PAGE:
OLR Bill Analysis
AN ACT CONCERNING THE USE OF HAND-HELD MOBILE TELEPHONES AND MOBILE ELECTRONIC DEVICES BY MOTOR VEHICLE OPERATORS.
This bill increases fines for drivers who use a cell phone or mobile electronic device while driving, eliminates the automatic suspension of a fine for a first offender, gives 25% of fine revenue to the town in which a summons is issued, imposes a $ 500 fine on certain drivers whose distracted driving results in an accident, and specifies that it is illegal to text while driving a moving vehicle.
1. replaces the maximum $ 100 fine for all offenses with fines of $ 100 for the first violation, $ 150 for a second violation, and $ 200 for subsequent violations;
2. eliminates the requirement that judges suspend the fine for a first offender who acquires a hands-free accessory before the fine is imposed;
3. imposes a $ 500 fine on a driver who commits a moving violation, in addition to the penalty imposed for the moving violation, if the driver commits the moving violation while engaged in an activity (a) unrelated to operating the vehicle that interferes with its safe operation and (b) that results in an accident;
4. requires the state to remit 25% of the amount it receives from each summons to the municipality that issues the summons; and
5. specifies that it is illegal for a driver to type, send, or read text messages on a hand-held cell telephone or mobile electronic device while operating a moving motor vehicle.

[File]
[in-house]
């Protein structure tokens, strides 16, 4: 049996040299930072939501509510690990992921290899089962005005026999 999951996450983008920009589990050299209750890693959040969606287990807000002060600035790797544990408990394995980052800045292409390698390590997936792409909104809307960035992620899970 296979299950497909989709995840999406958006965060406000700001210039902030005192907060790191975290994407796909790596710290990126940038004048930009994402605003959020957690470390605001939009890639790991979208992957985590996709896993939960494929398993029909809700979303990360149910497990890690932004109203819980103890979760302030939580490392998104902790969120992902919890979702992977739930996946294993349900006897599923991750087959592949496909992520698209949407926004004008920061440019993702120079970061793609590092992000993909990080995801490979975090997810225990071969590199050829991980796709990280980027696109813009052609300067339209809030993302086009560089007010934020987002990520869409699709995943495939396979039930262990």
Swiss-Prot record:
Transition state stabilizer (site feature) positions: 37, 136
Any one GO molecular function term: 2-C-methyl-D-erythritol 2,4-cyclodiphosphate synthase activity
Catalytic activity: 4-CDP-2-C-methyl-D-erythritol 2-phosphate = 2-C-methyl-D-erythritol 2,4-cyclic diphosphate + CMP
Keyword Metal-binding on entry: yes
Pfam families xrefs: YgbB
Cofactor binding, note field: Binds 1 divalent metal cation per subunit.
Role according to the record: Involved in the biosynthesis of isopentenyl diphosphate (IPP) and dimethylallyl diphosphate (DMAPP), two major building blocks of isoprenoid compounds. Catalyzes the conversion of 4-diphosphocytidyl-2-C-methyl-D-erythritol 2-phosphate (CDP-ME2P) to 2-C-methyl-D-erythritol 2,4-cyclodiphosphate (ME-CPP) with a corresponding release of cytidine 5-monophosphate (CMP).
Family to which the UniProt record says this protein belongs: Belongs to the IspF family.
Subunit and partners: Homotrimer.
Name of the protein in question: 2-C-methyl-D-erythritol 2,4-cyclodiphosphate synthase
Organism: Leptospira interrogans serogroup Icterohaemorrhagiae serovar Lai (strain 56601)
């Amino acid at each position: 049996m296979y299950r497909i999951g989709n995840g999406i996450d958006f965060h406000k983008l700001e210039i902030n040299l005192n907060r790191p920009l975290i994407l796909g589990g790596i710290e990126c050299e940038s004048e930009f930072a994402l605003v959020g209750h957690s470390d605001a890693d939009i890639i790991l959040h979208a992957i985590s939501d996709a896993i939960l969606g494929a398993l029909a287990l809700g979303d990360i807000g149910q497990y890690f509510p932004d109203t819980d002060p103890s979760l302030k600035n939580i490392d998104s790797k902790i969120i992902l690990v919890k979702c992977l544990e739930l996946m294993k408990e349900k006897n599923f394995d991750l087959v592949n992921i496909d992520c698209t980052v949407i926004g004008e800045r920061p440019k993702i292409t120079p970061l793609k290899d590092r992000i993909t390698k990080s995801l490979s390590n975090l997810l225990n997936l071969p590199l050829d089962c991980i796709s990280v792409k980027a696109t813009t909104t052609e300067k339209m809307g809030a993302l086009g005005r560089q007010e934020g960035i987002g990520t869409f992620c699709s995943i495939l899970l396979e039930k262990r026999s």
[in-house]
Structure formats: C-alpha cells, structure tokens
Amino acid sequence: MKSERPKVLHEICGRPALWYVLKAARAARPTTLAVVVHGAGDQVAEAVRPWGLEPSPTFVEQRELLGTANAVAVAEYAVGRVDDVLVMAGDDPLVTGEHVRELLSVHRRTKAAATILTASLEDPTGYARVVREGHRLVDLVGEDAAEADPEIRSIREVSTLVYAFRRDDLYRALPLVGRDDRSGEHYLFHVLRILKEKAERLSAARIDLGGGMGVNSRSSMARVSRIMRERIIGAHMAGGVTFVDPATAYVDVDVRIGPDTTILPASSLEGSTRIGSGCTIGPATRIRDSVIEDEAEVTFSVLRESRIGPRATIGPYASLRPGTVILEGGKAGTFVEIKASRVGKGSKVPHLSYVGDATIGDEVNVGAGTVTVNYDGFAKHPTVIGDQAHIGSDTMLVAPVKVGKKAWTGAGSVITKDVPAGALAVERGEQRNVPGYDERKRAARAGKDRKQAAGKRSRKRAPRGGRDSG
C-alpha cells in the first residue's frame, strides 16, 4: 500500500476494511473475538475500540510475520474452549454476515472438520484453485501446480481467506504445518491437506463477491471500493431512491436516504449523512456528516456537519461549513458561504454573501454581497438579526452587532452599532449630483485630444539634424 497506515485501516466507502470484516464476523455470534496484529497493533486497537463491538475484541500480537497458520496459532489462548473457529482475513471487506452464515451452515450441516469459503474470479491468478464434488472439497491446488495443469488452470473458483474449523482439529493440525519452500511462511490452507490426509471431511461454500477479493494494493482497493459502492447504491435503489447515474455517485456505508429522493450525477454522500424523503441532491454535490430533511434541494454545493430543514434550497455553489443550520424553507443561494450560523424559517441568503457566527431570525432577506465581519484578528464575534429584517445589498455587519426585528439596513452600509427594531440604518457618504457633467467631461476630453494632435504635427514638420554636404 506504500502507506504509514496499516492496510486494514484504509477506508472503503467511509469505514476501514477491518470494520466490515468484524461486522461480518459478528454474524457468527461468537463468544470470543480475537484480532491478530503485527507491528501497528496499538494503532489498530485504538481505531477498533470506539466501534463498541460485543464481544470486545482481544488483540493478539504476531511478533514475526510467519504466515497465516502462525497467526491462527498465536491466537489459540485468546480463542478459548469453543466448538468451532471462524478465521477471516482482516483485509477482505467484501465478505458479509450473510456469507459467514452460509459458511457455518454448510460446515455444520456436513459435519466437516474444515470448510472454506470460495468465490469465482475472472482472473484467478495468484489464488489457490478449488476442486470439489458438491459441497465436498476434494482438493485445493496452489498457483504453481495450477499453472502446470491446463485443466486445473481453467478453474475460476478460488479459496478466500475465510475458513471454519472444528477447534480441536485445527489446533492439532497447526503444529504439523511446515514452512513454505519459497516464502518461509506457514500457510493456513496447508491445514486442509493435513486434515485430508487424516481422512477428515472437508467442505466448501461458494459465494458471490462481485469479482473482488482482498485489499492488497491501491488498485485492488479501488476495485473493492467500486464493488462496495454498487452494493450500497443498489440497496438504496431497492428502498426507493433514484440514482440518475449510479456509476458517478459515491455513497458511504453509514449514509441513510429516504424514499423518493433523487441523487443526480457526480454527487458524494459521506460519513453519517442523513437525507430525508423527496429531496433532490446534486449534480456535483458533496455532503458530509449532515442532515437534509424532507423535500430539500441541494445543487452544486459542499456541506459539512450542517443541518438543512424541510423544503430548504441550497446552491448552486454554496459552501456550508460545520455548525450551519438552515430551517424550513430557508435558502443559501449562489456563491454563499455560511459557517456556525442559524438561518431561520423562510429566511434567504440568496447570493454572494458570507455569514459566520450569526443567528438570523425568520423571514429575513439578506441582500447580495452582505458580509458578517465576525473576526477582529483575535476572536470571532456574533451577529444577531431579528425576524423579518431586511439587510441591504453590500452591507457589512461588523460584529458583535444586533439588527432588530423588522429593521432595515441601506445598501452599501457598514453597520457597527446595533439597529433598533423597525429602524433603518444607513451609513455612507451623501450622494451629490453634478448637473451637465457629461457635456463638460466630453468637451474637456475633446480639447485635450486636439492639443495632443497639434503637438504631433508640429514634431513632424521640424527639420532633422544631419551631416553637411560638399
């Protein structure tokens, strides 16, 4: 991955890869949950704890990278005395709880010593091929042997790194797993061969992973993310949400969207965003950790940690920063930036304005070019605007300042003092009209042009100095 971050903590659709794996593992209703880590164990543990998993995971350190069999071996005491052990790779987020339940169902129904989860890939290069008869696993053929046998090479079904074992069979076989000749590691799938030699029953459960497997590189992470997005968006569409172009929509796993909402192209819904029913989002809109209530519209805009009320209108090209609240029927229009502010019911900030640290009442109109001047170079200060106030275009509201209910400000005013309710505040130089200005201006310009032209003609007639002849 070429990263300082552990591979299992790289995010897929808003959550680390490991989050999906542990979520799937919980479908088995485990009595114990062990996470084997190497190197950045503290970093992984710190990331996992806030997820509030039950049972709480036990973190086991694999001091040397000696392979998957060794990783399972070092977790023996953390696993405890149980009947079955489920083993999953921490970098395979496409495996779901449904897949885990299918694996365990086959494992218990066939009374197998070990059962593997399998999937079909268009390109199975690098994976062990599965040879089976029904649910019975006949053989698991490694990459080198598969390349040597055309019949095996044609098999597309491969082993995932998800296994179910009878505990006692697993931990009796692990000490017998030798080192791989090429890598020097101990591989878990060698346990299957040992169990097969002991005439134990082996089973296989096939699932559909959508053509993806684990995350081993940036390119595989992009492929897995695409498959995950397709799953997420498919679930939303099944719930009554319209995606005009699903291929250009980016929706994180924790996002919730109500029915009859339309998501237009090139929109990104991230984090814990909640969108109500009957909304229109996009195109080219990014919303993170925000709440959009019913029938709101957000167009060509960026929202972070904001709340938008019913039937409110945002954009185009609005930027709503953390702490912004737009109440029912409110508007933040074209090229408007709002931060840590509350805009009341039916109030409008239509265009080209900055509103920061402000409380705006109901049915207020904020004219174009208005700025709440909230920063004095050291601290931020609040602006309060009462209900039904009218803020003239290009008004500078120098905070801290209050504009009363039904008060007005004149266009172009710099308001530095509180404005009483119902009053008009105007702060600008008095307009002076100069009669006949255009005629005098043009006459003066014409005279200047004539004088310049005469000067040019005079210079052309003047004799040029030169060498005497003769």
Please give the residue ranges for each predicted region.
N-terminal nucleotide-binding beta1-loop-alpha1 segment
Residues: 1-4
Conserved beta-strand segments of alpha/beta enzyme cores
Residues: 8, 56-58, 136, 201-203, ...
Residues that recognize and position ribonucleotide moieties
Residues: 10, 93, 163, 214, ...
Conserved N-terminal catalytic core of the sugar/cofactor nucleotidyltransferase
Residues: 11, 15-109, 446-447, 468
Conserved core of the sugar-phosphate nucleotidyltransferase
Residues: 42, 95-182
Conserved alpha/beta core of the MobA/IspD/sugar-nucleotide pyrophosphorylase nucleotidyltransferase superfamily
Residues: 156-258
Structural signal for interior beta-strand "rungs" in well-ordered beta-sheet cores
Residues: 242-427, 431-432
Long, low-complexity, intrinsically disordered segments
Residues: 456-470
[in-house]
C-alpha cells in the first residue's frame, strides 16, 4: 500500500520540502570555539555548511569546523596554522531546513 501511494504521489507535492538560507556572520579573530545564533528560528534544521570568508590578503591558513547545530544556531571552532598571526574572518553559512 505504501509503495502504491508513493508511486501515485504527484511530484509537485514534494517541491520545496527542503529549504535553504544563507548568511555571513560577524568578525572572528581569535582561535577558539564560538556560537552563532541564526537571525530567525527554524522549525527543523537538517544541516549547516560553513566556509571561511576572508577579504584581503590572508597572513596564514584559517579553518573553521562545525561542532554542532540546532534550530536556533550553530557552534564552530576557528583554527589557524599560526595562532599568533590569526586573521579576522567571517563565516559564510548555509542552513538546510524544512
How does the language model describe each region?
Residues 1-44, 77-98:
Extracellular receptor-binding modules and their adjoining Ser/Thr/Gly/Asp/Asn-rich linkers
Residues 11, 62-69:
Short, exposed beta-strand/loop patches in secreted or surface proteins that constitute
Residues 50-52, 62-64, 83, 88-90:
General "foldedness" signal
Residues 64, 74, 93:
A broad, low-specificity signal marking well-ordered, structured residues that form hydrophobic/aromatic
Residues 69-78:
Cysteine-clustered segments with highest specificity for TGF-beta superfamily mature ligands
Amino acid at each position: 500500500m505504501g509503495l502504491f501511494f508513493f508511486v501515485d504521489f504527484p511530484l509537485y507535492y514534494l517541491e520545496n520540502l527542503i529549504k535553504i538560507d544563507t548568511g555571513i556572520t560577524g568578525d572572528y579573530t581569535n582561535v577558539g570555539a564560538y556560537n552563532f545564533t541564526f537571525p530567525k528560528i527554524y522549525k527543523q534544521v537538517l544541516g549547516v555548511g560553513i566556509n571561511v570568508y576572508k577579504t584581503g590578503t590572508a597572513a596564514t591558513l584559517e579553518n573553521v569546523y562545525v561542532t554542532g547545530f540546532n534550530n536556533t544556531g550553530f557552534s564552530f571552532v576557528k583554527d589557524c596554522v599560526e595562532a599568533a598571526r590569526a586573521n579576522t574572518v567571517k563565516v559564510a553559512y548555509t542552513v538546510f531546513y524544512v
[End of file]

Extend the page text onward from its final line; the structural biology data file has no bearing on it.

As with the law against using hand-held cell phones while driving, the texting ban does not apply in emergency situations or to any of the following people while performing their official duties: peace officers, firefighters, ambulance and emergency vehicle drivers, or members of the military when operating a military vehicle. The ban on texting has no legal effect because current law already prohibits drivers from engaging in any activity unrelated to operating a motor vehicle that interferes with its safe operation.
EFFECTIVE DATE: October 1, 2010
Moving violations include speeding, reckless driving, use of any cell phone or mobile electronic device by a driver under age 18, improper passing, improper turning, disobeying the signals of an officer, and passing a stopped school bus, and following too closely (CGS § 14-111g).